The clay and sand (in the required proportions), I believe mine was one part clay to 3 parts sand, are mixed together.  Not an easy feat.  Or feet.  You stomp and jump and turn and toss and jump some more to fully integrate the sand into the clay.




Your mixture needs to be sticky; so enough clay that it will all stick together, but enough sand that once it dries it won’t crack apart.

Mixing and testing cob

Is making a cob oven a pain? Yeah. A little bit. Is it fun? You bet. Worth it? DEFINITELY. Here’s a quick look at how to mix your cob and test it for the proper consistency

You can see in this next picture that I’ve placed a layer of newspaper over the sand dome.  This is so when I go to dig the sand out to crate the interior of the oven, I’ll know when to stop digging.  Once I hit newspaper I know I’ve made it to the cob layer.




Creating the outside of the oven (the cob layer) involves grabbing a handful of the mixture, plopping it down and smashing it with your fist to make it nice and tight.  This layer needs to be around 4″ thick.  Just keep plopping and smashing.  Plop and smash, plop and smash.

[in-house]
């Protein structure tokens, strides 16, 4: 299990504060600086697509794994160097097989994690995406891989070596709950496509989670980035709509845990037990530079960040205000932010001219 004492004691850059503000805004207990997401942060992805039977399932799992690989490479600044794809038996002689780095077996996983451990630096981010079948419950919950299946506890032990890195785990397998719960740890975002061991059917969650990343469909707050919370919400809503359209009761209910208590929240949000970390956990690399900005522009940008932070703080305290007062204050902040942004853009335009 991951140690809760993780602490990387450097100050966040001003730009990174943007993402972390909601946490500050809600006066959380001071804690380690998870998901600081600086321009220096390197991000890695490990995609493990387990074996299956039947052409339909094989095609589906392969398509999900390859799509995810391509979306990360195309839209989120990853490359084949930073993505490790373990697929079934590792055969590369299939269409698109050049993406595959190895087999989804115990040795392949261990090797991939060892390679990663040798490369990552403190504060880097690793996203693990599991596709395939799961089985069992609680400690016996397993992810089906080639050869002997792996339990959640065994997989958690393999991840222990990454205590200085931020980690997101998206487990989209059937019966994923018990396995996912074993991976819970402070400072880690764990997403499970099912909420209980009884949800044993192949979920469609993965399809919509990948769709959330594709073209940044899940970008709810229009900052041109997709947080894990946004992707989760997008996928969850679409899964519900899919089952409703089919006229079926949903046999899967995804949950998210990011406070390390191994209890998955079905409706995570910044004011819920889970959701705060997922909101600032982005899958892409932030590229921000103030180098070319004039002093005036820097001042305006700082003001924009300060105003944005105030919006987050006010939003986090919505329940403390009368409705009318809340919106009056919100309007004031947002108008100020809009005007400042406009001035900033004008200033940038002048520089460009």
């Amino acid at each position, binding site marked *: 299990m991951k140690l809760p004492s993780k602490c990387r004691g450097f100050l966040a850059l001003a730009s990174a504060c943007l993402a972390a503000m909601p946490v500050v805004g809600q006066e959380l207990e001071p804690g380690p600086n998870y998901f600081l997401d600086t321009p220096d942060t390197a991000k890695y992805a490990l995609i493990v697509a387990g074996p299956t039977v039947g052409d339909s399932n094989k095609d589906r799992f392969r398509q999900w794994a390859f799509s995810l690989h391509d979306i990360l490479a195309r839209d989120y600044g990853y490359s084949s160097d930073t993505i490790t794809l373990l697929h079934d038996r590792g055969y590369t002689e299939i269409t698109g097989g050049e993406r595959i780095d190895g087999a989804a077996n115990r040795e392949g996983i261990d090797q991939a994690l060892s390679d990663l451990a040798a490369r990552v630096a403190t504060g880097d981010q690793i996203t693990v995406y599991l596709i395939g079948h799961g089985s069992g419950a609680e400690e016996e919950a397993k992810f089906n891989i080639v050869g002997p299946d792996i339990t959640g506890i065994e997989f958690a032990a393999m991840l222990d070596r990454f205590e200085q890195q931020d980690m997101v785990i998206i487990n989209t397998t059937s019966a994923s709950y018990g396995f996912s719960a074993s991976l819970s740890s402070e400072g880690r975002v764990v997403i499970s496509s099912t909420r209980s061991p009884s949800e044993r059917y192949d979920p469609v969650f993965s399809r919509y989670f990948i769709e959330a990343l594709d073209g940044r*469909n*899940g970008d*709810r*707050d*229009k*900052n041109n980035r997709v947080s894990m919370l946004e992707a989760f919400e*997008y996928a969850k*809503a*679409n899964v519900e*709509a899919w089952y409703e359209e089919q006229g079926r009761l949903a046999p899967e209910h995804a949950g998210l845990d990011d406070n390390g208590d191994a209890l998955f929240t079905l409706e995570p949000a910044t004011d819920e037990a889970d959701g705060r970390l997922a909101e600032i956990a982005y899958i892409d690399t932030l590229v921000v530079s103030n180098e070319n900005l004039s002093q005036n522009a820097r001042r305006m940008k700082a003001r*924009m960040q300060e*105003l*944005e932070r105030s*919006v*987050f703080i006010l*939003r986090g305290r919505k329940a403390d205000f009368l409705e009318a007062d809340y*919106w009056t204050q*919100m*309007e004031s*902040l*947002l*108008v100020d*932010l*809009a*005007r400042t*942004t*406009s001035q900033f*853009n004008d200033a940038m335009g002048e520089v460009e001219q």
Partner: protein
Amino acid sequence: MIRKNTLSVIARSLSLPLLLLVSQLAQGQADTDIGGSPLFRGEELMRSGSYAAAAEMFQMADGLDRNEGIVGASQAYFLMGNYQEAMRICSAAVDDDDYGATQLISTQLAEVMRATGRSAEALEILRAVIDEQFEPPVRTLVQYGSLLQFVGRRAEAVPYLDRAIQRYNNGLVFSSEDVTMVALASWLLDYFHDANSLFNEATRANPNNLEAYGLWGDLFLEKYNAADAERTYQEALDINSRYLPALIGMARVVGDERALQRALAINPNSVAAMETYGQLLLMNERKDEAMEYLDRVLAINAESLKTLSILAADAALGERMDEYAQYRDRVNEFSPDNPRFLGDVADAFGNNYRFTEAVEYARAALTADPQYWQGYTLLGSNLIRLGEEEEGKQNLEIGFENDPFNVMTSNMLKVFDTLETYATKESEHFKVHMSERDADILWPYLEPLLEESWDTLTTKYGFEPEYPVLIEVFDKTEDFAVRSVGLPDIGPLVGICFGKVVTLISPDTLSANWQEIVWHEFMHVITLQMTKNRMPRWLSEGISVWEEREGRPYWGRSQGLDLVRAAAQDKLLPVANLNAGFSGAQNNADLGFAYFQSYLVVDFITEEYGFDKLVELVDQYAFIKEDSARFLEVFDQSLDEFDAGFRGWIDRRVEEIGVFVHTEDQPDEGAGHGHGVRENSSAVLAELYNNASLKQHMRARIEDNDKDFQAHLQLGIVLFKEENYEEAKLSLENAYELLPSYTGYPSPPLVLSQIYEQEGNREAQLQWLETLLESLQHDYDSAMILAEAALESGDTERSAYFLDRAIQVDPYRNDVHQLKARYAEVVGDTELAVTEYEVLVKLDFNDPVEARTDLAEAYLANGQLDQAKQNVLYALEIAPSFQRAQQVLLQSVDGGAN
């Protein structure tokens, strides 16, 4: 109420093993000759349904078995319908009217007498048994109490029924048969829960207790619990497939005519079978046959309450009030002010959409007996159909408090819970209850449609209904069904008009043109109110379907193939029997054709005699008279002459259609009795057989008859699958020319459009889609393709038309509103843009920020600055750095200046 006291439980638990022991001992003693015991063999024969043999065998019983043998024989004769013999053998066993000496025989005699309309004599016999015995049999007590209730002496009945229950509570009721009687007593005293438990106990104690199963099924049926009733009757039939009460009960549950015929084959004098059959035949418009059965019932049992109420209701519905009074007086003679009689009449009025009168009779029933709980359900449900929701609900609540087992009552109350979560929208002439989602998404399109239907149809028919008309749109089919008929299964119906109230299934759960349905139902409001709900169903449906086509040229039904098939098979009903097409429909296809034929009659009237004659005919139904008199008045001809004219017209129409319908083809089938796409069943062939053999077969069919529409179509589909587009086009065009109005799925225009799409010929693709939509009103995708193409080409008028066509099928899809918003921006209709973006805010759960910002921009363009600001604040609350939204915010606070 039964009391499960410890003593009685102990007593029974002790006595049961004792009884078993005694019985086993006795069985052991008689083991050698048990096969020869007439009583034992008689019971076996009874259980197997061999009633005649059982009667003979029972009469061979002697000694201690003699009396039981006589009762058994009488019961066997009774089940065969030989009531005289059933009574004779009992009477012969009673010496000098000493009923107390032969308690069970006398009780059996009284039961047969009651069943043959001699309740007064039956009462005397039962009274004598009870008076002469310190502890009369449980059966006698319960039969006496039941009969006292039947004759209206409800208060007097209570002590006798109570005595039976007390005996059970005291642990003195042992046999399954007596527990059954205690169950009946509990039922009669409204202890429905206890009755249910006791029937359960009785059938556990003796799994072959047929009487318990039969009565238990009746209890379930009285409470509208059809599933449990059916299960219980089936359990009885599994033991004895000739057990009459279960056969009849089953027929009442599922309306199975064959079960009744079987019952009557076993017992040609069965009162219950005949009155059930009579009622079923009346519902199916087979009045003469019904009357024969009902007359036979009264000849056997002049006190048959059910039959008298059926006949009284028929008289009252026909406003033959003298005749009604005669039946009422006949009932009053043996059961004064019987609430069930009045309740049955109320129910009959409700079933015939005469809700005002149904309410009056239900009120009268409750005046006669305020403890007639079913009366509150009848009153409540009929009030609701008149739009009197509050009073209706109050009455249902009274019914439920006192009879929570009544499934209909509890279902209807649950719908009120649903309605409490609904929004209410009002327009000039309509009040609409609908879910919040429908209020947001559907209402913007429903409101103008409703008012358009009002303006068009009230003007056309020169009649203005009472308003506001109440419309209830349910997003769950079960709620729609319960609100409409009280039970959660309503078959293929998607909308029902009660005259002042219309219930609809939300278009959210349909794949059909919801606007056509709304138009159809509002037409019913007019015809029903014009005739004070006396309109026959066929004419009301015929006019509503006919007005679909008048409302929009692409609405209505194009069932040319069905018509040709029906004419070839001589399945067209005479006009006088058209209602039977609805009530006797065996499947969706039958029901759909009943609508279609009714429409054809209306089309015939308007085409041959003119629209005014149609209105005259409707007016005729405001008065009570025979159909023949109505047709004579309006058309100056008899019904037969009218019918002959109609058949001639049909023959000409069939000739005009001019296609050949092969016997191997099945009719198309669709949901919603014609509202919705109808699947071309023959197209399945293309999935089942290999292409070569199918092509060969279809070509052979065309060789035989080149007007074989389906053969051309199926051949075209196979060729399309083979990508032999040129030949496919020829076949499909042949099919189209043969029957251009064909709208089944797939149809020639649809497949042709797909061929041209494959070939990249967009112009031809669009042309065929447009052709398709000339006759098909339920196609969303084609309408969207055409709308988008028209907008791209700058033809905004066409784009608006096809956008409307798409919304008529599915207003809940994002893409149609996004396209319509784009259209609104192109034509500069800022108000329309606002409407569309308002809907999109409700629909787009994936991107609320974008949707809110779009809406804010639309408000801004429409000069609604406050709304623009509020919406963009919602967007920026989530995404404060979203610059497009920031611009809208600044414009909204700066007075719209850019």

You’ll know you’re doing a good job when you look like you joined Fight Club.




Don’t worry about it.  Suck it up.  Show those knuckles off.  You’re knocking out a pizza oven, Sugar Ray.





Once the cob layer is done, you need to let it dry for a couple of days.  Just enough so it won’t collapse when you start your next step.


Which is cutting out the door of your pizza oven.

The door needs to be specific measurements (again explained in the book) in relation to the size of the oven in order for the pizza oven to vent properly.  If your proportions are right the smoke from the fire inside the oven will roll up to the top of the pizza oven, then roll right out the top of the door.

The smaller your oven, the smaller your door needs to be, the smaller the pizza you’ll be able to fit into it.  Bigger oven means bigger door which means bigger pizzas.

My oven’s door will barely fit a 12″ pizza peel.  I can fit 2 pizzas in it at a time.




Once your door is dug out you’ll discover your original sand form …